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Comcast Told To Stop Blocking Web Tool For User Rights, But DHS Adds To Their Rights

Jamie covered this a few weeks ago, but now it's official. Score one for us on net neutrality. UPI: (h/t Nate) Broadband Internet customers of cable

Jamie covered this a few weeks ago, but now it's official. Score one for us on net neutrality.

UPI: (h/t Nate)

Broadband Internet customers of cable television giant Comcast should be free to use file-sharing software, the Federal Communications Commission says.

The commission voted Friday to order Comcast to stop blocking its Internet customers from using BitTorrent, an online software application that enables users to share large movie, TV show and music files, The Hollywood Reporter said.

Commission Chairman Kevin Martin split with his Republican colleagues to join the two Democratic members to produce a 3-2 vote against Comcast. The precedent-setting decision was hailed by supporters of so-called net neutrality, which maintains Internet service providers should be barred from discriminating among various types of traffic.

"It was unreasonable for Comcast to discriminate against particular Internet applications, including BitTorrent," Martin wrote in his majority opinion. "They delayed and blocked customers using a disfavored application even when there was no network congestion."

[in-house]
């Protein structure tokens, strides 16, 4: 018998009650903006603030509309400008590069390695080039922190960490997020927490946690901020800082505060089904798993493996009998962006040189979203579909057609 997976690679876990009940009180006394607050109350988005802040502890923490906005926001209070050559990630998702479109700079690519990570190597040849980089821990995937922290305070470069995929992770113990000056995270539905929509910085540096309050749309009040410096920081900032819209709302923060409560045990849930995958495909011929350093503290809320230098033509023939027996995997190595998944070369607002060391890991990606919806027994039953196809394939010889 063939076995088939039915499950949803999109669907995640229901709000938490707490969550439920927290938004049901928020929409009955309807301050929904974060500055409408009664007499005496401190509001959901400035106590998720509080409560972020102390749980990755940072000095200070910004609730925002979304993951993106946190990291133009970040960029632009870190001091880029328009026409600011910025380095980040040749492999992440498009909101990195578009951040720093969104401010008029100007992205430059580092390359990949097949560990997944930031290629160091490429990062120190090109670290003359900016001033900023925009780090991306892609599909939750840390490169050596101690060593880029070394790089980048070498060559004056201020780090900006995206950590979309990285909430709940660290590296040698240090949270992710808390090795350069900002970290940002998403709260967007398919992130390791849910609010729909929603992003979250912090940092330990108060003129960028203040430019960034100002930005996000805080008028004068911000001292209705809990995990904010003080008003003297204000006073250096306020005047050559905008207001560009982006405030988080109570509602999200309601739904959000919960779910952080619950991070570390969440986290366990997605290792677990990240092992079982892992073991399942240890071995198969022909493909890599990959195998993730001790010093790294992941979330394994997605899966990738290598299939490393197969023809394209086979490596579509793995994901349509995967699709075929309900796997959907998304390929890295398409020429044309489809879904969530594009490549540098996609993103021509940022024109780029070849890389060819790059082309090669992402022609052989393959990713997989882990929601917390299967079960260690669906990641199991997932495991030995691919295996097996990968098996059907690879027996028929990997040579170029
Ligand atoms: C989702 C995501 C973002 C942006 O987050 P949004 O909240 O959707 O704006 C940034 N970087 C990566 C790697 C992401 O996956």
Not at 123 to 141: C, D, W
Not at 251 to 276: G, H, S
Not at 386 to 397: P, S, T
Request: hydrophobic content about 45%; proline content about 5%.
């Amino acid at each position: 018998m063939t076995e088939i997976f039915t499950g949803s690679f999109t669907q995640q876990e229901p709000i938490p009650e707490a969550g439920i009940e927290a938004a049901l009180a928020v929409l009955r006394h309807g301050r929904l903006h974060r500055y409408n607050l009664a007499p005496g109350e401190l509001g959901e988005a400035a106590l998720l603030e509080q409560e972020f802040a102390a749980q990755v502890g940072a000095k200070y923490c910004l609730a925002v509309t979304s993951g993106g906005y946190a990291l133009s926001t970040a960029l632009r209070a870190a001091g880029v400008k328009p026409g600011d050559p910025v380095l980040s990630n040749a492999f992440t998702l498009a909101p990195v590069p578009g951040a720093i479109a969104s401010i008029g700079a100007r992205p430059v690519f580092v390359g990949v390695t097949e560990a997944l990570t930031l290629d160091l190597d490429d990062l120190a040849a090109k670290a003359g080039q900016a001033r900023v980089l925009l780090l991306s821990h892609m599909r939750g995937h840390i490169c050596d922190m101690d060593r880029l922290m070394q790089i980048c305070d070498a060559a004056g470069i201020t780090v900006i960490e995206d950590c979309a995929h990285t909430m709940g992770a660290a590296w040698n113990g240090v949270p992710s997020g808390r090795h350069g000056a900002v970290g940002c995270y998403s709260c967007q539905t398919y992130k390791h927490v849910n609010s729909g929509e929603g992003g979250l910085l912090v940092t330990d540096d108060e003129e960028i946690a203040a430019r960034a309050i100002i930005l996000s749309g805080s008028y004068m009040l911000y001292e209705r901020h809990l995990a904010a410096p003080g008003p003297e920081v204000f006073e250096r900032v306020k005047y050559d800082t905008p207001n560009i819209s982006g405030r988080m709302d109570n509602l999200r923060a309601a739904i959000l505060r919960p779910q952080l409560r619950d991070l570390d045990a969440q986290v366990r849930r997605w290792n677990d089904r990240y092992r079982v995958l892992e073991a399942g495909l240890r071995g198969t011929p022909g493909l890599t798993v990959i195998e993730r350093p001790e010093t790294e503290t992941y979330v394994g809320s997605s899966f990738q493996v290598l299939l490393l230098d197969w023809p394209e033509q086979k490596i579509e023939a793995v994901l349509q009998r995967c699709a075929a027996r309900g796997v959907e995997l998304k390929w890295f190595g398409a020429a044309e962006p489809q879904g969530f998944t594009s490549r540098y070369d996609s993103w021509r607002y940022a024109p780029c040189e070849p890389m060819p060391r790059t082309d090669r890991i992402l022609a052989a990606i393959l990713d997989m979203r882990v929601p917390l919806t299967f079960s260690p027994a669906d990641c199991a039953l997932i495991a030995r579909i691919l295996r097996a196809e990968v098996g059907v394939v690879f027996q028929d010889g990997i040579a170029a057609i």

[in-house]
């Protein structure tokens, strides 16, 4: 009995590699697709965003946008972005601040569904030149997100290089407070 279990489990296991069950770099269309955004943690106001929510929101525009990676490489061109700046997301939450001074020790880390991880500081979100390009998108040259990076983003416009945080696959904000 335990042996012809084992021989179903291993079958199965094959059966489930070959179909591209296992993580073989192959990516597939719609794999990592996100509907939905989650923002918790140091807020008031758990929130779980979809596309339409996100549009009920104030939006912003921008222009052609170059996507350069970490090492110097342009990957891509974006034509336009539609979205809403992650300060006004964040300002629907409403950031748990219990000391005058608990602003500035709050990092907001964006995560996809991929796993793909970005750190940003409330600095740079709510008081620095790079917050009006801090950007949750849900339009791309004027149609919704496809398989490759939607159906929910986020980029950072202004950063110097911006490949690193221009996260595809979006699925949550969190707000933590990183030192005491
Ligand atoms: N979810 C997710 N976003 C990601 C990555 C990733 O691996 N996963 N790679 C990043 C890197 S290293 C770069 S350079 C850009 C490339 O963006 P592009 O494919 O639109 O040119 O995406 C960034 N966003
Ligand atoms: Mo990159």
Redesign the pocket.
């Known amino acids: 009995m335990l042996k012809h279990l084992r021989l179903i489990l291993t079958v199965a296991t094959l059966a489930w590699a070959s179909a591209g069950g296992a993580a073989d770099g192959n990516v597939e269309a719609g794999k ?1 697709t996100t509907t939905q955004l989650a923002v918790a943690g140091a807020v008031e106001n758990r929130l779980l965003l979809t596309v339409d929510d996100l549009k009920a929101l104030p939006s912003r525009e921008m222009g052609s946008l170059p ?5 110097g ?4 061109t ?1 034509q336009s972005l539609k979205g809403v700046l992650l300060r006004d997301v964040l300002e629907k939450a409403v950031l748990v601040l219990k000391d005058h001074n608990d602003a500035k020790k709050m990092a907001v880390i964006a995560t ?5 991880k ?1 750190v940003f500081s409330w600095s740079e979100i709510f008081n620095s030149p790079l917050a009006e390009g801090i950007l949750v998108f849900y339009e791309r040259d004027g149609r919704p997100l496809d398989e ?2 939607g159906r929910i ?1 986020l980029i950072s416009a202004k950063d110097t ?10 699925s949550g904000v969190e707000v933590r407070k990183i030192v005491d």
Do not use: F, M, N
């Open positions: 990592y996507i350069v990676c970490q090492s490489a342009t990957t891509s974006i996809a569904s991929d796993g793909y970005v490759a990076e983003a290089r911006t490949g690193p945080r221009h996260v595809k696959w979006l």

Whodathunk Kevin Martin would stand up against his Republican colleagues for what's right? But that only slightly makes up for the wholly egregious new policies of the Homeland Security office:

The gropers at the Department of Homeland Security, not content with patting you down and rummaging through your underwear, now say that they can confiscate electronics brought into the U.S. for any reason, anytime, and share the devices and their contents with anybody.

The Washington Post reports:

Federal agents may take a traveler's laptop or other electronic device to an off-site location for an unspecified period of time without any suspicion of wrongdoing, as part of border search policies the Department of Homeland Security recently disclosed.

Translation into plain English: Homeland Security can take your stuff for any reason ("without suspicion of wrongdoing"), for however long it wants to ('unspecified period of time").

Also, officials may share copies of the laptop's contents with other agencies and private entities for language translation, data decryption or other reasons, according to the policies, dated July 16 and issued by two DHS agencies, U.S. Customs and Border Protection and U.S. Immigration and Customs Enforcement.

Translation: DHS the information on your electronic devices with anyone it wants to share the information with ("other agencies and private entities").

Lovely. I guess the terrorists can't hate us for our freedoms if we have none left.

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